Interacting with Patients

Dr Suzanne Donnelly, Director of Clinical Education       

Your clinical training in medicine may seem overwhelming at the start.  There may seem to be many rules and guidelines to be followed, but it is important that you take time to become familiar with them and act accordingly.  You will come to understand that while they protect patients, they also protect you from unintended upset or error and any consequences thereof.

Before you approach a patient, ensure you are compliant with the clinical dress code, that your name badge is clearly displayed and WASH YOUR HANDS

When you meet a patient, introduce yourself by name and identify yourself as a UCD Medical Student attached to the medical team caring for them. Shake hands unless there is an obvious reason not to do so – for example painful hand arthritis.

Seeing patients as a clinical student requires that you use your initiative.  This is vital to your success as a clinical student, but you must always remember that patients are not primarily in hospital to facilitate your learning, they are in hospital because they are ill.  Respect for each individual patient should be the fundamental guide for everything you do as a clinical student.

Remember the ‘3Cs’ of patient contact are paramount in all patient encounters whatever the setting; these are Choice, Consent and Confidentiality.

Choice:

Patients contribute to your learning of their own choice.  You must not expect that a patient will engage with you because you are attached to the team, and all patients should be asked whether or not they are happy to do so before you proceed.  Understand that ill patients will not always feel up to talking or being examined. In the hospital setting, if they are eating, having physiotherapy or have visitors, you should return when these have finished. If patients decline (and in reality, few do) express your respect of their wishes and, if you consider it appropriate, ask if you might return when they are feeling better. Never imply that a negative choice might impact on their care in any way - it does not- and never try to coerce a patient to consent to an interview or examination against their wishes.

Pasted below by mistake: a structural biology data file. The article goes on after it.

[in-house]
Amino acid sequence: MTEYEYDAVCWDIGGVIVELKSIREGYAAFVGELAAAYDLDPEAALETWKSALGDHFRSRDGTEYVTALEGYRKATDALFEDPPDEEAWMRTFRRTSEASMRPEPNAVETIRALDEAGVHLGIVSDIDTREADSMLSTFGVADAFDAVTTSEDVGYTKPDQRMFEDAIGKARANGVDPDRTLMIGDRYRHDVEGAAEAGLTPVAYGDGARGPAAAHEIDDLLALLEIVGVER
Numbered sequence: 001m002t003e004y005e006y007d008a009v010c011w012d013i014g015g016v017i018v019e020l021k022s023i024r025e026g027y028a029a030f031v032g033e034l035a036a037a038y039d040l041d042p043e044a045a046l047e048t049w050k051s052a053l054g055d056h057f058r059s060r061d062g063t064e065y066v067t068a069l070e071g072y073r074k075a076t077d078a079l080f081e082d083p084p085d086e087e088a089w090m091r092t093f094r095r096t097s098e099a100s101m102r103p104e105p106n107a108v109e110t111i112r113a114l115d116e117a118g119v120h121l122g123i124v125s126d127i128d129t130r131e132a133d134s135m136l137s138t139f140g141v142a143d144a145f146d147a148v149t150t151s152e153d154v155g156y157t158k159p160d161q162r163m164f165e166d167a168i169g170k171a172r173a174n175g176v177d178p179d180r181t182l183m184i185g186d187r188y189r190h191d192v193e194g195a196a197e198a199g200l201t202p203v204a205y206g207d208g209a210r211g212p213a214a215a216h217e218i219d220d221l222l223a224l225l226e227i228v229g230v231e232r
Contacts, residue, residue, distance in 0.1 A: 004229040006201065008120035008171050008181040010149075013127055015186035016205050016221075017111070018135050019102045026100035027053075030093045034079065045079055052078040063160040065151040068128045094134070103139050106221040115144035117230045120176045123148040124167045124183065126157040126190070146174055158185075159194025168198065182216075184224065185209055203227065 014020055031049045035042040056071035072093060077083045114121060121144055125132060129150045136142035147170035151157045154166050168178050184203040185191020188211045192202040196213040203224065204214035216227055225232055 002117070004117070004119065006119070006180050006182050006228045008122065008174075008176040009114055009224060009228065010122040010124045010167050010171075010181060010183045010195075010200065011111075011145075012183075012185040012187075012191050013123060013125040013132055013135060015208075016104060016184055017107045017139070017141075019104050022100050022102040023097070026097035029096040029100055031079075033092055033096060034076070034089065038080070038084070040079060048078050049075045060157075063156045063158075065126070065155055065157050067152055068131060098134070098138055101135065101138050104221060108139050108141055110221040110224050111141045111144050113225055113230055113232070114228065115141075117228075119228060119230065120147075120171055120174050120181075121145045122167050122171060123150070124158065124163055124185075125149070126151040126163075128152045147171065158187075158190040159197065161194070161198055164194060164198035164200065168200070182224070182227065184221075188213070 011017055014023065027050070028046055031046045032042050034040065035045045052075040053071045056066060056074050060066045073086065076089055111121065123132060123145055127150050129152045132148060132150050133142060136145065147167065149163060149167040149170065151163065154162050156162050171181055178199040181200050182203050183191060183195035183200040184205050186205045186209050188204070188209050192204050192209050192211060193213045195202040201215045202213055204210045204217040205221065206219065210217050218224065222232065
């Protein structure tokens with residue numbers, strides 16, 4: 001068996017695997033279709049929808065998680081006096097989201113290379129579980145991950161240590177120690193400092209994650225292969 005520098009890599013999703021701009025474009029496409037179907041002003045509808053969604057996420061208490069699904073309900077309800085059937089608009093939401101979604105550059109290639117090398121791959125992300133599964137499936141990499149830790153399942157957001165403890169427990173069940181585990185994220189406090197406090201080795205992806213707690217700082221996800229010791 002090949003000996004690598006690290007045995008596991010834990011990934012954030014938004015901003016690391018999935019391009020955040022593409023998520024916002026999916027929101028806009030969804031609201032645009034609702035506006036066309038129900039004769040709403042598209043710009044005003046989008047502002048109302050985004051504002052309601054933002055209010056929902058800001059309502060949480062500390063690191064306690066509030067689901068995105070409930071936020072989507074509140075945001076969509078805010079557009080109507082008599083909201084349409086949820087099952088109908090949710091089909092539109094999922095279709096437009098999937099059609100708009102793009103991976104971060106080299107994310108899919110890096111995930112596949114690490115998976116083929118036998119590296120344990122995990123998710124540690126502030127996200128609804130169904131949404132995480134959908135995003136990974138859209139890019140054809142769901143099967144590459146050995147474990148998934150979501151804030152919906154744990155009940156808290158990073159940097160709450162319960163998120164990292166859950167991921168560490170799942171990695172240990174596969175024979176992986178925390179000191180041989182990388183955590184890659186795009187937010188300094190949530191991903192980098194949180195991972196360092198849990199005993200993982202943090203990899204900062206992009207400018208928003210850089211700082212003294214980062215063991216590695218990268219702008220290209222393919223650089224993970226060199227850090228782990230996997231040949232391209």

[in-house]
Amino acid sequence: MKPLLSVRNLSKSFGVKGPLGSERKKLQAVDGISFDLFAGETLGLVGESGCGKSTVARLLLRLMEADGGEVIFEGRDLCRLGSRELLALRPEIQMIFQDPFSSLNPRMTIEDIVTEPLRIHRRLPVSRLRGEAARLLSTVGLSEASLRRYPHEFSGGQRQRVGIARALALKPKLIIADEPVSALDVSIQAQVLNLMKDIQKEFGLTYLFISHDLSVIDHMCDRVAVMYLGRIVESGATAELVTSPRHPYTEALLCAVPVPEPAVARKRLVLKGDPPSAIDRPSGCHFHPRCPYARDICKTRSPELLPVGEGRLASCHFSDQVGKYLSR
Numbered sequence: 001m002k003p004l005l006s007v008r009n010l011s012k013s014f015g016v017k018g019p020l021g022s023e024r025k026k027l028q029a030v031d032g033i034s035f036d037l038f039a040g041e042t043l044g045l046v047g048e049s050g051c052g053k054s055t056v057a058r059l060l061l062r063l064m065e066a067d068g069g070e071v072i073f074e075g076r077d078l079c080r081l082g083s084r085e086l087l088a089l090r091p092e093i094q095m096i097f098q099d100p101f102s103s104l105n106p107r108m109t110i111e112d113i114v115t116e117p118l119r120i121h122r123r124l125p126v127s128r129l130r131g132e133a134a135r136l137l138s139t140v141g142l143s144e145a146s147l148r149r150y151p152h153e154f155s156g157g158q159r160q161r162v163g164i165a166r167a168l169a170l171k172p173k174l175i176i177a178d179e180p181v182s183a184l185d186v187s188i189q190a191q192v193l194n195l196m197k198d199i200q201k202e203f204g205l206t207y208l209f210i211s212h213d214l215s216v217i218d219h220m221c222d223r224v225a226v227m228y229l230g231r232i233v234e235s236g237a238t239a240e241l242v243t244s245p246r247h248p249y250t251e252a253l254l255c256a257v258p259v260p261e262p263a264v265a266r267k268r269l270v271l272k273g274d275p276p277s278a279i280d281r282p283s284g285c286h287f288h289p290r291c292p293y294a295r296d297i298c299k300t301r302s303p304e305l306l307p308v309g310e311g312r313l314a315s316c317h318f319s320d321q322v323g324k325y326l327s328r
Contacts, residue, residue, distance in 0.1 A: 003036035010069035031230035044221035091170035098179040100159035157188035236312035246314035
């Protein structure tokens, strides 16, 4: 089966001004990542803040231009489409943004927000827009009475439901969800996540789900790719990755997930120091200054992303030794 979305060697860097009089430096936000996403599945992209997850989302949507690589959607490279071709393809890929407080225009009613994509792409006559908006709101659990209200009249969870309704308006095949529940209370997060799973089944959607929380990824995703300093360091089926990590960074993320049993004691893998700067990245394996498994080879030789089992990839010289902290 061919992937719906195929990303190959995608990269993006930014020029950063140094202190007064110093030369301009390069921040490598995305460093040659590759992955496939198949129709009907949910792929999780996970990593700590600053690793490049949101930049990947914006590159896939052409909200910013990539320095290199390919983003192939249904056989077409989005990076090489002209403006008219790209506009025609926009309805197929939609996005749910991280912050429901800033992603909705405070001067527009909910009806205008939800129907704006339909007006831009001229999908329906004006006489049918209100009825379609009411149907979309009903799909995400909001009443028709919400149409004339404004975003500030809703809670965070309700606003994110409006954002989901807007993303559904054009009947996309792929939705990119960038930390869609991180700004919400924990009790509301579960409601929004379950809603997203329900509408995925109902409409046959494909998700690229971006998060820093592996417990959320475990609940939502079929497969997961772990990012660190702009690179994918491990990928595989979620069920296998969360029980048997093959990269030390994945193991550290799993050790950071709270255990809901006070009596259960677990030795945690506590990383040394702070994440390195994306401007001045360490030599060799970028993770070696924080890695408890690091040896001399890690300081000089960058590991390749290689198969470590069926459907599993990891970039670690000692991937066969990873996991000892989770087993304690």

Consent: 

As a student you must ask a patients permission for history taking or examination. You should not “tell a patient what you intend to do”, rather you must explain what is involved and ask patients for their consent to do so. First, explain what you wish to do e.g. “I would like to examine your abdomen, that means you would have to lie flat for a time while I press on your tummy.”  Then ask “Will that be ok?”  A patient may have further questions about what might be involved and may need reassurance that you will not hurt or otherwise discommode them. You should only proceed when the patient agrees ,and if they decline you may not do so. Do not be disheartened by a negative response, it is simply likely to reflect the patient’s current circumstance, so quickly choose another patient and try again. You might find it helpful to have a team member witness your interaction if you are having difficulties and always ask for feedback.

  • No student should perform a vaginal or rectal examination unless directly supervised by a registrar or consultant and the patient has given verbal consent to the examination.
  • No male student should perform a breast examination on a female patient without a chaperone in attendance, preferably a qualified doctor or a nurse.

Confidentiality:

This is a cornerstone of the doctor patient relationship and a key professional behaviour highlighted by the Medical Council guidelines which state:

As a medical student you should:

  • Never discuss individual patients – or partners, relatives, and friends of patients – even anonymously, within earshot of the
  • Understand that discussion in this context includes, but is not

I draw your attention to situations in which you must be particularly aware of the possibility of unintended breaches of confidentiality.  Discussion of patient ‘stories’ in ANY public space inside or outwith the hospitals and clinical sites is expressly forbidden and reports of such will be investigated immediately. Remember that patients may be recognisable to friends, family and neighbours by their stories, even if names are not mentioned. Buses, trains, pubs, restaurants, hospital cafes & shops, canteen queues and hospital elevators are all areas where you must be particularly careful.

Take all opportunities to spend time with patients and ensure you adhere to the guidelines in this booklet and those of your supervising team, ward or clinic managers.  The Medical Council guidance on “Personal and Professional Interactions” also contains very valuable advice that will help you succeed in the clinical arena.